Jose Cardenas:
Tom, let me stop you there. You say they've got the kids divided up by race. My understanding is that all students can enter these classes so they're not divide, segregated. And I would assume, for example, the African-American studies programs would talk about the very things you expressed just a moment ago, with respect to Dr. Martin Luther King, the civil rights struggle, would something like that be banned here?

Tom Horne:
Yes. We require that those things be taught in the regular social studies class where all the kids are together, which I think the public schools are for, to bring kids from different backgrounds together and treat each other as individuals and not divide them up.

Jose Cardenas:
To clarify, as I understand Tuscon unified school district, they don't segregate the kids. Any student could be in the African-American studies course.

Tom Horne:
It's primarily designed -- it's primarily designed for African-American kids, and so on. So it doesn't need to be exclusive, and in fact just -- I can tell astory about Augustine Romero himself, because Hector is one of my sources, he was born in Mexico, but he is opposed to these things. He's -- he teaches Shakespeare, a very high level, and has been subject to a lot of hate by other teachers, including Romero, who called him "the white man's tool". And he was right next door to him and some Angelo kids came into his room and said they were being dissed because they were white. And he said why did you take the class? I don't know, I needed a social studies class. But Hector has told me a lot about Romero, that in fact he's the one that is not telling the truth, that he does teach a separatist political agenda, that the land for taken from Mexico and should be given back --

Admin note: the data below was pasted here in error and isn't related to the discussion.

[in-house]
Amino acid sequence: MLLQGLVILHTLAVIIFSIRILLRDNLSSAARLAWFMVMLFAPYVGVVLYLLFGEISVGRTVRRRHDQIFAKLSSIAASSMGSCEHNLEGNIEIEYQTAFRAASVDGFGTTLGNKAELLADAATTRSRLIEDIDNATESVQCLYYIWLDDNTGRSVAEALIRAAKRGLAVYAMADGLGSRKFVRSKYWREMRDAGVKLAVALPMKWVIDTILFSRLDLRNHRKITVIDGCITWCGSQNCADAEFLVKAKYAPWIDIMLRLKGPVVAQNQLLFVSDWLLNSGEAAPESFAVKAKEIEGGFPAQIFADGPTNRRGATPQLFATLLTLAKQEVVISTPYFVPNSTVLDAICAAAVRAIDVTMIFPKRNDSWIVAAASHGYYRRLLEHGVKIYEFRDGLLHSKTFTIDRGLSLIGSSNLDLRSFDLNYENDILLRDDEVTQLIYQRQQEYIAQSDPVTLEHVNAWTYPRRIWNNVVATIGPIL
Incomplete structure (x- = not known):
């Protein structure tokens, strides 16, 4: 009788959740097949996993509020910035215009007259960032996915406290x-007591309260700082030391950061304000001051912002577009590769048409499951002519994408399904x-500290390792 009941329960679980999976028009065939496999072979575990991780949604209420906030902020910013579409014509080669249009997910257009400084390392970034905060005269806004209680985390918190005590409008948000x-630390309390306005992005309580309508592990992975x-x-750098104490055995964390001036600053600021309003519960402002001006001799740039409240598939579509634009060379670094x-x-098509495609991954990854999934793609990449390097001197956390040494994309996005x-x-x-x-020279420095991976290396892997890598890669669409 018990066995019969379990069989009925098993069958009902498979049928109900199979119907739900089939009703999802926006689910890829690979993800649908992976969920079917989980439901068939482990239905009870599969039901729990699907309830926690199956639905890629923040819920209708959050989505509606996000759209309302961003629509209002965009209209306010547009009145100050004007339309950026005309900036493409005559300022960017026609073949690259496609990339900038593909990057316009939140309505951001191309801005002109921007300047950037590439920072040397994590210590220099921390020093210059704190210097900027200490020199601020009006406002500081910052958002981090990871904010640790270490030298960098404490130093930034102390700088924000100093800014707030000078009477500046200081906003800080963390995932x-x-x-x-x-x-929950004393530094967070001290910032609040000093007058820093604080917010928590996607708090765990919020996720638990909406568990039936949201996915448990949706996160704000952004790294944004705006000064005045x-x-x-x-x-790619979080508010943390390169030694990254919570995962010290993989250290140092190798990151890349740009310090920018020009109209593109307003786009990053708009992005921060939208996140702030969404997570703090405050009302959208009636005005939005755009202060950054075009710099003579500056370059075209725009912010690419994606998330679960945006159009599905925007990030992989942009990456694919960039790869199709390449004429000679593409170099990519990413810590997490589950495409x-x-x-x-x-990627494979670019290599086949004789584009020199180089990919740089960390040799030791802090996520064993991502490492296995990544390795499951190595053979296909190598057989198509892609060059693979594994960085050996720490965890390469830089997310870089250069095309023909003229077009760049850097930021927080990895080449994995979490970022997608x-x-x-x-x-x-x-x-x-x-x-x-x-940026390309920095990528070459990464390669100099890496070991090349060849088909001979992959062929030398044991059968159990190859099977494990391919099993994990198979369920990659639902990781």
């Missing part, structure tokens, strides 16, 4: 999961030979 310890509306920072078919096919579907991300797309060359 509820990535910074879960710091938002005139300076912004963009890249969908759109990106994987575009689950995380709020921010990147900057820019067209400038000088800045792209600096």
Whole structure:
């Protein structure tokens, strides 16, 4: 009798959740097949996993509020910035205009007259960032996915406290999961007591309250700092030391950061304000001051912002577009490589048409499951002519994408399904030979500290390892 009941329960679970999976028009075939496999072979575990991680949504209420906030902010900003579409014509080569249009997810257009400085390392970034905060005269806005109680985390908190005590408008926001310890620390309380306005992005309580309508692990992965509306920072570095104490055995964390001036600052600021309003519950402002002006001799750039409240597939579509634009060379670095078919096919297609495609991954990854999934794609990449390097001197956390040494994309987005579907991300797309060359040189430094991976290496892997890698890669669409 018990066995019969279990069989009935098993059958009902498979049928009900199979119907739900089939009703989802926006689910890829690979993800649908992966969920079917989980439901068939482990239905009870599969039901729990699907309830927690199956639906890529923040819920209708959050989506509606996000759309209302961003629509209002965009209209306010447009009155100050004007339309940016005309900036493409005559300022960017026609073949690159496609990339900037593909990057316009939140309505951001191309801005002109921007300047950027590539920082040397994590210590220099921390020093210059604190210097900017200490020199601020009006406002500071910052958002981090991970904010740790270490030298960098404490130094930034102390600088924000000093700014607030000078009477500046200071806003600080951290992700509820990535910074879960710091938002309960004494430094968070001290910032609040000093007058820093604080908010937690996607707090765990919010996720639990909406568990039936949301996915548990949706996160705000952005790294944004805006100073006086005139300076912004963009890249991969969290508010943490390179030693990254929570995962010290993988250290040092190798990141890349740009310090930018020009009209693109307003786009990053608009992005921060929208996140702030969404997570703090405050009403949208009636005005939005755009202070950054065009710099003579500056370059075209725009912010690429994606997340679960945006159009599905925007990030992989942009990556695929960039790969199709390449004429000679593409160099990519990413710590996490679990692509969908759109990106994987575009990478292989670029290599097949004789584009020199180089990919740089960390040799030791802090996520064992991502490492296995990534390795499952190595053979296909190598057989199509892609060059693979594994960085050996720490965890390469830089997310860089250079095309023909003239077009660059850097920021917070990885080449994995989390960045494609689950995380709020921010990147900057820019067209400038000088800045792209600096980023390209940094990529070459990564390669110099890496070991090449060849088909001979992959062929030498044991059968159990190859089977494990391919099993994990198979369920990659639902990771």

Jose Cardenas:
I do want to come back to the specifics of the courses as opposed to perhaps some of the personalities involved, but representative, what's wrong with this legislation, because I take it you are of the open certain persuasion.

Kyrsten Sinema:
I think there's a lot of things wrong. Tom articulated some of those for us. Tom said that these courses were divided and students were segregated. As you pointed out, these classes are open to all students. So, for instance, if I were a high school student I could take the Japanese-American class or Asian-American class, I could I take an African-American class, could I take the RAZA studies class or I could take a Native American class. And I think that's one of the most beautiful things about American public schools. We provide opportunities for students to learn about their own heritage and culture, and the heritage and culture of all other communities that are part of this very diverse country. When Tom says we should ban these programs even though they're open to all students, I think that deprives students of prime opportunities to learn about their heritage, but also to seek a deeper understanding about each other. That's a real mistake in this legislation, that it deprives us of the ability to really dive in deeply. Much more so in the social studies course.